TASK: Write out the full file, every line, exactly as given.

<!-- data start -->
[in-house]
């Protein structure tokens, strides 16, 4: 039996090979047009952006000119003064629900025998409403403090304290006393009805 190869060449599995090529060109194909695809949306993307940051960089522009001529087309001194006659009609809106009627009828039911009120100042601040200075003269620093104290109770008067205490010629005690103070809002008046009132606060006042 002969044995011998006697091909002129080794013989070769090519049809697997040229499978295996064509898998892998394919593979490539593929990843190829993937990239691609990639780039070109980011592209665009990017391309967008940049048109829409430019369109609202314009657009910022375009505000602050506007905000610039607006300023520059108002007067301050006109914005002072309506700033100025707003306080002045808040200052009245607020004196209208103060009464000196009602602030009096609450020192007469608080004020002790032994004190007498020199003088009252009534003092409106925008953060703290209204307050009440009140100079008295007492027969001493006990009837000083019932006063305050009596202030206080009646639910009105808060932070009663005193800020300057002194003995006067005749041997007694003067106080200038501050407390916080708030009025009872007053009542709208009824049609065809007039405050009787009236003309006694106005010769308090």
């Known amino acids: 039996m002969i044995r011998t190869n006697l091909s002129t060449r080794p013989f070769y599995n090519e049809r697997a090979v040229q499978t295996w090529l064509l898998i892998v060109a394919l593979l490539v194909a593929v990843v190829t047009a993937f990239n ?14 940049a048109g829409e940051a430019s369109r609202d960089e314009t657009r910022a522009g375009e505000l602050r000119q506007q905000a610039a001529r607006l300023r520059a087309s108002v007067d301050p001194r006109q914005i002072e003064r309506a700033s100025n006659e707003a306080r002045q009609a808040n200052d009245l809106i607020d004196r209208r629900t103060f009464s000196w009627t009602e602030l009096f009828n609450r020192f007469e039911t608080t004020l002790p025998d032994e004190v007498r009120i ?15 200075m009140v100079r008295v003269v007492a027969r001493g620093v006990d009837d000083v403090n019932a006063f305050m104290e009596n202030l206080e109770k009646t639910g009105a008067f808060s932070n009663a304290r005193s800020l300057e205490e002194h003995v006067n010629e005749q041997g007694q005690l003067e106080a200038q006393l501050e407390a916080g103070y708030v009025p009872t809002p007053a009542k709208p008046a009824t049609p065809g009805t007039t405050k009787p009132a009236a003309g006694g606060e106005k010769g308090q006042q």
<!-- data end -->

[in-house]
């Protein structure tokens, strides 16, 4: 039996090979047009952006000119003064629900025998409403403090304290006393009805 190869060449599995090529060109194909695809949306993307940051960089522009001529087309001194006659009609809106009627009828039911009120100042601040200075003269620093104290109770008067205490010629005690103070809002008046009132606060006042 002969044995011998006697091909002129080794013989070769090519049809697997040229499978295996064509898998892998394919593979490539593929990843190829993937990239691609990639780039070109980011592209665009990017391309967008940049048109829409430019369109609202314009657009910022375009505000602050506007905000610039607006300023520059108002007067301050006109914005002072309506700033100025707003306080002045808040200052009245607020004196209208103060009464000196009602602030009096609450020192007469608080004020002790032994004190007498020199003088009252009534003092409106925008953060703290209204307050009440009140100079008295007492027969001493006990009837000083019932006063305050009596202030206080009646639910009105808060932070009663005193800020300057002194003995006067005749041997007694003067106080200038501050407390916080708030009025009872007053009542709208009824049609065809007039405050009787009236003309006694106005010769308090």
């Known amino acids: 039996m002969i044995r011998t190869n006697l091909s002129t060449r080794p013989f070769y599995n090519e049809r697997a090979v040229q499978t295996w090529l064509l898998i892998v060109a394919l593979l490539v194909a593929v990843v190829t047009a993937f990239n ?14 940049a048109g829409e940051a430019s369109r609202d960089e314009t657009r910022a522009g375009e505000l602050r000119q506007q905000a610039a001529r607006l300023r520059a087309s108002v007067d301050p001194r006109q914005i002072e003064r309506a700033s100025n006659e707003a306080r002045q009609a808040n200052d009245l809106i607020d004196r209208r629900t103060f009464s000196w009627t009602e602030l009096f009828n609450r020192f007469e039911t608080t004020l002790p025998d032994e004190v007498r009120i ?15 200075m009140v100079r008295v003269v007492a027969r001493g620093v006990d009837d000083v403090n019932a006063f305050m104290e009596n202030l206080e109770k009646t639910g009105a008067f808060s932070n009663a304290r005193s800020l300057e205490e002194h003995v006067n010629e005749q041997g007694q005690l003067e106080a200038q006393l501050e407390a916080g103070y708030v009025p009872t809002p007053a009542k709208p008046a009824t049609p065809g009805t007039t405050k009787p009132a009236a003309g006694g606060e106005k010769g308090q006042q």